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Stimulus lifts China retail sales as exports weaken
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Figures for Chinese retail sales indicate that government efforts to stimulate domestic demand are having some success, even as exports continue to plunge and industry struggles to keep production going, analysts said.

The latest round of statistics released Thursday continue to paint a picture of an economy trying to regain its footing as the impact of the global downturn slams its industrial sector.

The full impact of the downturn is difficult to assess, for two reasons. For one thing, some of the statistics being released this week are only for the first two months of the year and are not broken down by month. For another, year-on-year comparisons are problematic, as the Lunar New Year holiday, which causes major shifts in consumption and industrial activity each year, fell two weeks earlier this year than in 2008.

China's retail sales grew 15.2 percent in the first two months to 2 trillion yuan (293.8 billion U.S. dollars), the National Bureau of Statistics (NBS) said Thursday.

The figure, although lower than the 20-percent-plus increase a year earlier, was encouraging, analysts said.

Retail sales growth in January and February was equal to or even higher than last year adjusted for inflation, said Zhuang Jian, senior economist with Asian Development Bank.

The consumer price index (CPI), a major gauge of inflation, hit a 12-year high of 8.7 percent in February 2008 but fell 1.6 percent in the same month this year.

"Domestic consumption has remained stable so far, despite the economic slowdown," he added.

In January and February, urban retail sales rose 14.4 percent to 1.35 trillion yuan, while rural sales increased 17 percent to 653.9 billion yuan, according to the NBS.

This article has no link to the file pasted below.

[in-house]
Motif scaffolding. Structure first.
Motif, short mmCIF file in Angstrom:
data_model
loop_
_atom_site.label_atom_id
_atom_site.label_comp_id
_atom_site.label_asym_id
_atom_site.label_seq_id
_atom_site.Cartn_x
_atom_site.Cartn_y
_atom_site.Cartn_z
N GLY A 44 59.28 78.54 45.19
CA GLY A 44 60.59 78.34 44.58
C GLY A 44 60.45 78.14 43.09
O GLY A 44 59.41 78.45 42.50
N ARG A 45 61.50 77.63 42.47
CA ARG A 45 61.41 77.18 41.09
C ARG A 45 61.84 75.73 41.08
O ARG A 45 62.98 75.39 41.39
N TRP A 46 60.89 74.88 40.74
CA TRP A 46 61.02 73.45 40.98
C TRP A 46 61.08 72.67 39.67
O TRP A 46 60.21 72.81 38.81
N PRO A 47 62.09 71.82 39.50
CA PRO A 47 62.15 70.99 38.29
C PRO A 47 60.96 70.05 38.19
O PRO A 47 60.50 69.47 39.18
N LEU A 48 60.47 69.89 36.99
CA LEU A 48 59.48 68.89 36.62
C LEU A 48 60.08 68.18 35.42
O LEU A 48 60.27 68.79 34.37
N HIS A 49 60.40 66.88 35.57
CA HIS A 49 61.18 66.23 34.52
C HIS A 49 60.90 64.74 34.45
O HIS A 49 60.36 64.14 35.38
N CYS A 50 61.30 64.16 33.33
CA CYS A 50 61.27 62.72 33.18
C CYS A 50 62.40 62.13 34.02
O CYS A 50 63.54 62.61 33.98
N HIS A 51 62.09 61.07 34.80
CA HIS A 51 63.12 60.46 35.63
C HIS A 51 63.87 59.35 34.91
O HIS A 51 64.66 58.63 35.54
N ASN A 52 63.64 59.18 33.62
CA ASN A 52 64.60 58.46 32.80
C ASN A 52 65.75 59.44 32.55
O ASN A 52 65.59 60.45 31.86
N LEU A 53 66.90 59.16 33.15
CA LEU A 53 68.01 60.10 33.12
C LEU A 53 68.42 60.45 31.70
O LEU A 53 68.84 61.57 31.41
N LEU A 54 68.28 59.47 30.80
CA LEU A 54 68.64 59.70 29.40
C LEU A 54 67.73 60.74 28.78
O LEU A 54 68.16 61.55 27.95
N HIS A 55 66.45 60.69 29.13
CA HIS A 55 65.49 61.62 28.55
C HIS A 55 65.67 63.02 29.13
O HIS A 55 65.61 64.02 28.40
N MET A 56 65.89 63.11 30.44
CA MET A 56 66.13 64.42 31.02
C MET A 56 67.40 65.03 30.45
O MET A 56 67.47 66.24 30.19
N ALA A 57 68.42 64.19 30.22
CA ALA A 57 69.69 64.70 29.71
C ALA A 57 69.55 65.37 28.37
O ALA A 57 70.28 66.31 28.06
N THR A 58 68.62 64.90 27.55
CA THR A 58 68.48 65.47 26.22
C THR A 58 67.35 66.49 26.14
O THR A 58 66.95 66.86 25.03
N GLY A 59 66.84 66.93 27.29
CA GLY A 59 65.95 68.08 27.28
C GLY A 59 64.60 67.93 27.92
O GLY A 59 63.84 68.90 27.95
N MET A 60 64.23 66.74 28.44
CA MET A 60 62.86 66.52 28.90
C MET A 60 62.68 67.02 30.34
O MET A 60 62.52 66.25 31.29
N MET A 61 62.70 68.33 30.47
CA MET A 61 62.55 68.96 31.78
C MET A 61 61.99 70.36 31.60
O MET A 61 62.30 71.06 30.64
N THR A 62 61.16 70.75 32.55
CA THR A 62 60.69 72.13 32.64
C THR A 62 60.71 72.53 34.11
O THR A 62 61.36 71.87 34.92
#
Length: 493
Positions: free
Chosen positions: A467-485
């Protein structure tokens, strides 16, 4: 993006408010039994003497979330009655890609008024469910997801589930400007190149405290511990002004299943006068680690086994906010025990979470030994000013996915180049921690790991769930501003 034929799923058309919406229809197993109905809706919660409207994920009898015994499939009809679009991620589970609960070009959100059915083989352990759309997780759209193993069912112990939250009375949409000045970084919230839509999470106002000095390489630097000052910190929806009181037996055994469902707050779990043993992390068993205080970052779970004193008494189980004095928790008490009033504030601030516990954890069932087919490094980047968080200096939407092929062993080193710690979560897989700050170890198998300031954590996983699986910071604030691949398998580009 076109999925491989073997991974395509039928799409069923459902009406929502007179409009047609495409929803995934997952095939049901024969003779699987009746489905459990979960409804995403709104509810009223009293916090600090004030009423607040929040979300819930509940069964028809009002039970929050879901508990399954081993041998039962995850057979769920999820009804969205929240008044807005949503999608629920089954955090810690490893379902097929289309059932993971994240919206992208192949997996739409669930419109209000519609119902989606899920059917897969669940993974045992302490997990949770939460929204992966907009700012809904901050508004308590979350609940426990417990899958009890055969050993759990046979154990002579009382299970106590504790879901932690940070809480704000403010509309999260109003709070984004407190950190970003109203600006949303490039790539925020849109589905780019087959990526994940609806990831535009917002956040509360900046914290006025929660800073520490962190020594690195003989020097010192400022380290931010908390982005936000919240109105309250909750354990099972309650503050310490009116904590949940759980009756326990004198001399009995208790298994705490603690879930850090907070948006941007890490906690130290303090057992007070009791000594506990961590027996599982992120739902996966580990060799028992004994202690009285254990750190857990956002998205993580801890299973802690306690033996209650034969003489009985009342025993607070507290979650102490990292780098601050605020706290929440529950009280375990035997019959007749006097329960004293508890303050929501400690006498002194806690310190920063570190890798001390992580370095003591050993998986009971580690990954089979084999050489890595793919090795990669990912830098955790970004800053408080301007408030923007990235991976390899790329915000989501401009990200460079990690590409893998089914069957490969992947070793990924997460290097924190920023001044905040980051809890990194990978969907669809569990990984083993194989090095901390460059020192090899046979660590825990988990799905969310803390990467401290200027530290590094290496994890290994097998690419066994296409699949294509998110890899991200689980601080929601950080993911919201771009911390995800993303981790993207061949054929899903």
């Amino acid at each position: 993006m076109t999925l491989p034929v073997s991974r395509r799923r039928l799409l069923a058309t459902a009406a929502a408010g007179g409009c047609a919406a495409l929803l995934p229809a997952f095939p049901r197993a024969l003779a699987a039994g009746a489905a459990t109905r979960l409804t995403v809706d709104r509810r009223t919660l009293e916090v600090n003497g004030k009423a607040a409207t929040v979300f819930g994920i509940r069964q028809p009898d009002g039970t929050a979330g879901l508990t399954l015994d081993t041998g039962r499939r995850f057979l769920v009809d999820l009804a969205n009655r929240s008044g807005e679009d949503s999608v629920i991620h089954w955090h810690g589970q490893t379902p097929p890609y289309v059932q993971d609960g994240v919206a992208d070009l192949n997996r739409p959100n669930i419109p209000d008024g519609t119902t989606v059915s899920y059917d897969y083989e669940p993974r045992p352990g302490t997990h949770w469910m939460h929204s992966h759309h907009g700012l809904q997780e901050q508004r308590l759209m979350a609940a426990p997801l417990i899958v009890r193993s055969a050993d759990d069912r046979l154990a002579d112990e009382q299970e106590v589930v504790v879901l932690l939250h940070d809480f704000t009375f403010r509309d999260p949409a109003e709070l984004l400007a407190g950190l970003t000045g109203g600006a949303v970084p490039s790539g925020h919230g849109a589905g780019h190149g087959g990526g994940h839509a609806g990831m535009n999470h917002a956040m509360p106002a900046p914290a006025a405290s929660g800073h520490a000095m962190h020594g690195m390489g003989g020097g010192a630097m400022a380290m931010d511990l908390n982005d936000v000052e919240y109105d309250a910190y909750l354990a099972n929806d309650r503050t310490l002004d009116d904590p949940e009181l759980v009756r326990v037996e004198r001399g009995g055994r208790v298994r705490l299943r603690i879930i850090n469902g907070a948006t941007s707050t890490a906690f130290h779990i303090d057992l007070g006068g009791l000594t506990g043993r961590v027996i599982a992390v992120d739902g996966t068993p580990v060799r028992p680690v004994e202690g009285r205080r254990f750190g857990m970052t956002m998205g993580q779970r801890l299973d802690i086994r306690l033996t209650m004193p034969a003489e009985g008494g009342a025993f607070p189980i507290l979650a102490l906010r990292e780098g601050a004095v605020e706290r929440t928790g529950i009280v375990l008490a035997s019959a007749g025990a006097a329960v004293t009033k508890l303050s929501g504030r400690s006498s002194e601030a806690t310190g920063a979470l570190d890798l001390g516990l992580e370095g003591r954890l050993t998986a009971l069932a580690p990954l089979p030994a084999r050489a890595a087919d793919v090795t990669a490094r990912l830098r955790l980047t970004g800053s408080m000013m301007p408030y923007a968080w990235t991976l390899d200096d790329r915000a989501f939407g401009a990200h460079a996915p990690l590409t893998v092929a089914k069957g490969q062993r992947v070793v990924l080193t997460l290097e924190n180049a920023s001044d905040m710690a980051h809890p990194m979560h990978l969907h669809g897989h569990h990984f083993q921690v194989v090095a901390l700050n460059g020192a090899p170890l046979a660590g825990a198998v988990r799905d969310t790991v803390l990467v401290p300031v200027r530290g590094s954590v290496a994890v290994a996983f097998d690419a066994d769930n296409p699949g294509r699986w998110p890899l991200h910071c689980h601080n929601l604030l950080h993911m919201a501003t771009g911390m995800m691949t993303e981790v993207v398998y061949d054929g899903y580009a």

Wholesale and retail sales rose 14.8 percent to 1.68 trillion yuan. Catering and hotel activity was up 18.9 percent to 301.6 billion yuan.

Xu Lianzhong, an economist with the National Development and Reform Committee (NDRC), said rising retail sales reflected the impact of the government stimulus plan, which aimed to maintain 8-percent economic growth by buoying domestic spending.

Another factor was the Spring Festival, which began in January. This long annual holiday is a major shopping period in China.

However, he warned that the strength in retail sales wouldn't persist the rest of the year as income growth slackened amid the economic downturn.

Zuo Xiaolei, chief economist with Galaxy Securities, expressed optimism about consumption, saying retail sales were likely to keep growing at the January-February pace.

Zuo suggested the government initiate do more to stimulate consumption, not just large-scale investment. "Government spending alone is not enough to push the economy forward."


Although retail sales growth was relatively stable, industrial output increased only 3.8 percent in the first two months this year, a much slower growth pace from a year earlier when it was 15.4 percent.

Zhuang said weak global demand was the main cause of the slowdown in industrial production growth.